“Keep your hands down. We wouldn’t want you to lose any fingers. If a shark gets too close, bop it on the nose with your gauges. If anyone wants to back out, now’s the time to do it.” These were the directions delivered during our pre-dive briefing. After hearing the warnings, everyone is given a chance to back out and get their money back. Very few do.
A shark-feeding dive is a real adrenaline rush, particularly for first-timers and those who fear sharks. But the dives, in addition to packing a daredevil-esque wallop, are also educational; they allow participants to sympathize with these wonderful creatures that are being killed at unprecedented rates.
Both UNEXSO and Xanadu Undersea Adventures provide shark-feeding dives off Grand Bahama Island. After a safety briefing, certified divers are taken on a 30- to 40-minute boat ride to Shark Alley. Once in the water, divers drop to approximately 12m (40 ft.) and kneel on the bottom with their backs to an old recompression chamber. One or two dive masters swim with hand spears to keep watch over the area. As if on cue, larger fish start to arrive and are followed by the sharks. The sharks in this area are almost all Caribbean reef sharks, but occasionally a nurse shark shows up. While not usually aggressive, 2.4 to 3m (8–9 ft.) sharks can be quite intimidating, especially because they’re here for a meal.
One of the dive operators serves as the feeder. Dressed in a chain mail suit, he takes pieces of fish from a container, holds them out, and lets a shark grab the food from his hand. Divers are close enough to the feeding sharks to see the membrane over the sharks’ eyes close as they nab the fish. Frequently, the sharks swim right over the heads of the kneeling divers (remember to keep you hands down!). During the dive, the feeder will “trance” one of the sharks, by putting a chain mailed hand over the shark’s nose. The shark behaves as though it’s been anesthetized or hypnotized and can be brought over to the kneeling divers to be touched. The entire experience, which needless to say is a fantastic photo opportunity, lasts approximately 30 minutes.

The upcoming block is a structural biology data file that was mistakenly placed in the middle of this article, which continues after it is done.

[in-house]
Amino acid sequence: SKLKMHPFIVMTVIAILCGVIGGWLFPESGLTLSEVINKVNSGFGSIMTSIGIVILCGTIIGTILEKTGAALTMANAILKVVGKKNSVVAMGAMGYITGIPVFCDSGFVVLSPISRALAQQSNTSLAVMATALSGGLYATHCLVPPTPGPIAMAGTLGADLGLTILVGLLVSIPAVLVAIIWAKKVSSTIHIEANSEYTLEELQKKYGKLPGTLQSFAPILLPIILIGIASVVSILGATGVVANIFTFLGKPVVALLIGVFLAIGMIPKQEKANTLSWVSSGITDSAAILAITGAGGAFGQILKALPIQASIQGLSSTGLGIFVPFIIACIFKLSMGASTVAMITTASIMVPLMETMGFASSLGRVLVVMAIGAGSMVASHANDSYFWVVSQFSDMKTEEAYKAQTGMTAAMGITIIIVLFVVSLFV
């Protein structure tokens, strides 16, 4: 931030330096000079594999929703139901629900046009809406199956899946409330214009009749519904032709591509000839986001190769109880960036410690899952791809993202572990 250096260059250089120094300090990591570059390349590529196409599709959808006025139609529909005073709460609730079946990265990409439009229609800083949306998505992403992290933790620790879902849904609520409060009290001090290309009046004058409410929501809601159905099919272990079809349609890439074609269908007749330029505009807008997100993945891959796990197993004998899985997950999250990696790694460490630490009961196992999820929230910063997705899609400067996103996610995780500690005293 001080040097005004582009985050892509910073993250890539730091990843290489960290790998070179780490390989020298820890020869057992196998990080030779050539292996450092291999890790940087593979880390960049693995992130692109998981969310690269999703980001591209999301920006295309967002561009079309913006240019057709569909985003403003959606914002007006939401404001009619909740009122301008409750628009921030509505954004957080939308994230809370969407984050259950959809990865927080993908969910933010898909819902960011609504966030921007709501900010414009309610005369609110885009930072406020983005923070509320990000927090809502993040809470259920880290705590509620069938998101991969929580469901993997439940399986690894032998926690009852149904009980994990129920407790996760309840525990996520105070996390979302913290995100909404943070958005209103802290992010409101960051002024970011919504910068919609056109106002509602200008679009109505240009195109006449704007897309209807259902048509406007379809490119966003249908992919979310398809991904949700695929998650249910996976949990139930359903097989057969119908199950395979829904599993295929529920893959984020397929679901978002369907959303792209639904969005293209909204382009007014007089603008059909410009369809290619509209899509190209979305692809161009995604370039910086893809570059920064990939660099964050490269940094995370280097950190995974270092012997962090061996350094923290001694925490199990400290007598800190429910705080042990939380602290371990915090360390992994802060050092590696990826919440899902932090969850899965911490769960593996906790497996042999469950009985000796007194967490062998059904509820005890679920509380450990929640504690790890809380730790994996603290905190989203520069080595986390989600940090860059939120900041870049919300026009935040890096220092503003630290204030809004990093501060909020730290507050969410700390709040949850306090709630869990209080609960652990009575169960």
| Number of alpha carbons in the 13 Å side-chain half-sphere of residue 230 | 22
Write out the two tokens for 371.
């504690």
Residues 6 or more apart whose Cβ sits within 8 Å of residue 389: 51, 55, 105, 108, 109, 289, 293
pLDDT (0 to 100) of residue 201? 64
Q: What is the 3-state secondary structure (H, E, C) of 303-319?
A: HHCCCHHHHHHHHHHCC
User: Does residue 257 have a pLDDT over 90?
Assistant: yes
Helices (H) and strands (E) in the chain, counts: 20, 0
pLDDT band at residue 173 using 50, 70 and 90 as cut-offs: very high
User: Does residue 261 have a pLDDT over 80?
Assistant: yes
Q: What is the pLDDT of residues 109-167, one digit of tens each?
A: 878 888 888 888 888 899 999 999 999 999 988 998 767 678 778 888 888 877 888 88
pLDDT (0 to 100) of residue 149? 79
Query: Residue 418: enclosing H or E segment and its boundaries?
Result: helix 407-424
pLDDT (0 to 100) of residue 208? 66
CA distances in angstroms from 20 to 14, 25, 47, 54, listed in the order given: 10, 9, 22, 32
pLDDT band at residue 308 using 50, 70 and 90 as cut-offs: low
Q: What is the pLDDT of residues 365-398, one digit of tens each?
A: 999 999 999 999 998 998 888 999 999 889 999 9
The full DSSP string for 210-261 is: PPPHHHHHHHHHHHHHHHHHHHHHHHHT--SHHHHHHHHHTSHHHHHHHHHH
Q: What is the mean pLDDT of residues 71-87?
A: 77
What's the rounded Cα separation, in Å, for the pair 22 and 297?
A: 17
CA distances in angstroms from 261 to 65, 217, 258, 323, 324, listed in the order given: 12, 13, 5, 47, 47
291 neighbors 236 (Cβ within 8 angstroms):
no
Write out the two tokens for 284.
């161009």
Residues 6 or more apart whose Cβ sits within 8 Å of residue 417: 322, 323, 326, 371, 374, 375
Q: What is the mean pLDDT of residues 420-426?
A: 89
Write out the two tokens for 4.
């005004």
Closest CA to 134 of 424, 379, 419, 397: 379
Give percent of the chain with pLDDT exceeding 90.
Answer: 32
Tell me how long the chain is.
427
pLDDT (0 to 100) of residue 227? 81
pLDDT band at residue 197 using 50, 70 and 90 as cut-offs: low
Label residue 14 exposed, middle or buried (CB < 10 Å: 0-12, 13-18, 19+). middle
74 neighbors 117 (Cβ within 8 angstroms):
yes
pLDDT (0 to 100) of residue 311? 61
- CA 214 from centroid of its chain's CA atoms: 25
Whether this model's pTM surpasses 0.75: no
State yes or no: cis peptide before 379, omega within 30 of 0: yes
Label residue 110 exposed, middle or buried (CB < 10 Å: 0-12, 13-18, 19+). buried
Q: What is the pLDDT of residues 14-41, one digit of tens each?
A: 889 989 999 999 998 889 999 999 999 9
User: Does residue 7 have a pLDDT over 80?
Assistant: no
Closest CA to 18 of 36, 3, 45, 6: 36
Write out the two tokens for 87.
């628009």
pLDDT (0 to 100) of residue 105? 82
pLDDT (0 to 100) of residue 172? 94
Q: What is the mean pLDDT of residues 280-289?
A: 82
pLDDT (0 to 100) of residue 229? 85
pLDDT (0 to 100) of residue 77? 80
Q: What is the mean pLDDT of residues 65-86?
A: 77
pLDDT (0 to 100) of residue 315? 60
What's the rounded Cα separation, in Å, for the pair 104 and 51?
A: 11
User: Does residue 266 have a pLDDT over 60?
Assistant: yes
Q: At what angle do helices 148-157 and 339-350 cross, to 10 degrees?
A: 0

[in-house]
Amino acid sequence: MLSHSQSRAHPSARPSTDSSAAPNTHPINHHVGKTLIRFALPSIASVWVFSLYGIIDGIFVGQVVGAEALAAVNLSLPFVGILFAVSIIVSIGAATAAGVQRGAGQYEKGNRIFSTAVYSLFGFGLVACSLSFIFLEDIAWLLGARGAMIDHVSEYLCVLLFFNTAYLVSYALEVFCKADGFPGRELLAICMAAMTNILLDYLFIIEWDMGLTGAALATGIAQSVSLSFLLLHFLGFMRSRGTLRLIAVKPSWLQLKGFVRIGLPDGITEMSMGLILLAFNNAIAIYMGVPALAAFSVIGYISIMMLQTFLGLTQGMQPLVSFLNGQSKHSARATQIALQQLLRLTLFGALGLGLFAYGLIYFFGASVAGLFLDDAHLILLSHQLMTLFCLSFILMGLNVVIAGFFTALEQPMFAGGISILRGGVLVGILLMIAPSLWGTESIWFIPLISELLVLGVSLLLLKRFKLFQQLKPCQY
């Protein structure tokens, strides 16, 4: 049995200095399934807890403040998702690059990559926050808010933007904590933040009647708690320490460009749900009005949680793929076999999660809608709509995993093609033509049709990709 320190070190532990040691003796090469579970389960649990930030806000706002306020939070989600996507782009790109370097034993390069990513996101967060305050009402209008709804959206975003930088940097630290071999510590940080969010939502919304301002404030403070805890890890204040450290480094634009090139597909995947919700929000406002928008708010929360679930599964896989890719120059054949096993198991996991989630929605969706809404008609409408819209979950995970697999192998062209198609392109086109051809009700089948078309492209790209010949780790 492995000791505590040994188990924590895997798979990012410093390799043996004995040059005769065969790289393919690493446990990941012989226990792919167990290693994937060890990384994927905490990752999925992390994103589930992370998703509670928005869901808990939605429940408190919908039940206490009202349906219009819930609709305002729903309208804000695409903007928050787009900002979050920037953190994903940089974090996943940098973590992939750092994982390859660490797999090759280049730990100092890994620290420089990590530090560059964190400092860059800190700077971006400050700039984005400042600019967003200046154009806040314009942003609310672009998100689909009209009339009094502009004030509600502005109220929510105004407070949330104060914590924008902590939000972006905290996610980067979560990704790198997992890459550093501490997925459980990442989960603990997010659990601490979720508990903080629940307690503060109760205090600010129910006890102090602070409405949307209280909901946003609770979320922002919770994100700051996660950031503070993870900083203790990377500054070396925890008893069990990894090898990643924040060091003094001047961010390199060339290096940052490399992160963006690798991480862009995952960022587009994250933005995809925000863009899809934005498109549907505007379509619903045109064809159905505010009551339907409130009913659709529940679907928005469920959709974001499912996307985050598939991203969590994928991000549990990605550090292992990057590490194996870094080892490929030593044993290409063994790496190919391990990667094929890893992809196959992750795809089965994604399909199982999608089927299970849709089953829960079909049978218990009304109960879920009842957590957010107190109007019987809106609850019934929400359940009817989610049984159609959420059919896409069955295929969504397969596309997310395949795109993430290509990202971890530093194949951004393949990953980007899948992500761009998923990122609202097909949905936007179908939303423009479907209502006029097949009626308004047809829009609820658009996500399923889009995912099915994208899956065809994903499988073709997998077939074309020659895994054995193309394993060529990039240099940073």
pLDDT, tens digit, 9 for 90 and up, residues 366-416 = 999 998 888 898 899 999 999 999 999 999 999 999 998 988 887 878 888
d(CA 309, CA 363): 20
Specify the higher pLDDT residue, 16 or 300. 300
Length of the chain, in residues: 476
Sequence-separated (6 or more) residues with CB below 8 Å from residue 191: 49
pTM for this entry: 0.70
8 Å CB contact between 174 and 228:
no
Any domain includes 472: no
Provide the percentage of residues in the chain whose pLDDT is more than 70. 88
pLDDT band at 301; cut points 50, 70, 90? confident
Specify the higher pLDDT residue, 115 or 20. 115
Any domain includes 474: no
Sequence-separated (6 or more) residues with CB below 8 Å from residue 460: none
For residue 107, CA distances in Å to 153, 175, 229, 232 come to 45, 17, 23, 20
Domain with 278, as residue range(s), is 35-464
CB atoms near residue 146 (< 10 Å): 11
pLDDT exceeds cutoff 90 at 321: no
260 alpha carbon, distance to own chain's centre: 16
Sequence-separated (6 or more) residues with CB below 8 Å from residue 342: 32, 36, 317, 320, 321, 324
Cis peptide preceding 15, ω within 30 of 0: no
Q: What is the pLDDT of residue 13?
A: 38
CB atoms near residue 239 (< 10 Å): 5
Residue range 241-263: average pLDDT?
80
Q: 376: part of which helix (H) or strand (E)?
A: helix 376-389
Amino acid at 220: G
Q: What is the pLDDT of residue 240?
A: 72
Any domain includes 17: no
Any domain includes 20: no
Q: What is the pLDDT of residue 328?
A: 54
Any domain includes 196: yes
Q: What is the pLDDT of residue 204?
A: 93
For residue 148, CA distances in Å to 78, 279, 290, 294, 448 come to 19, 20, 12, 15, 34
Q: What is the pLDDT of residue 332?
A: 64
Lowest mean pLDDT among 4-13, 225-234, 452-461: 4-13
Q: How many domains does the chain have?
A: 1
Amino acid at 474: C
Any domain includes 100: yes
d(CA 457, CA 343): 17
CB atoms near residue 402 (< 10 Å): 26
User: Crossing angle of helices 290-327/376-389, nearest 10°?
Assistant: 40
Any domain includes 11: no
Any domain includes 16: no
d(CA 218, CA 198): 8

These two dive operators and several others also provide regular scuba dives around Grand Bahama to such sites as Theo’s wreck and to underwater caves and tunnels that surround the island. It’s possible to encounter sharks on any of the open water dives.
For those looking for shark-less encounters, Grand Bahama Island is a tourist center with shopping, gambling, beaches, and numerous leisure activities. Freeport/Lucaya has more hustle and bustle than the more laid-back beach locations outside of town.
The Islands of the Bahamas (www.bahamas.com/grand-bahama-island/grand-bahama-island).
Tours: UNEXSO ( 800/992-3483; www.unexso.com). Xanadu Undersea Adventures ( 242/352-3811; www.xanadudive.com).
When to Go: High season is Dec–May.
$$$ Island Seas Resort, William’s Town, Freeport ( 800/801-6884 or 242/373-1271; www.islandseas.com). $ Royal Palm Resort & Suites, E. Mall at Settlers’ Way, Freeport ( 888/790-5264 or 242/352-5759; www.royalpalmsuites.com).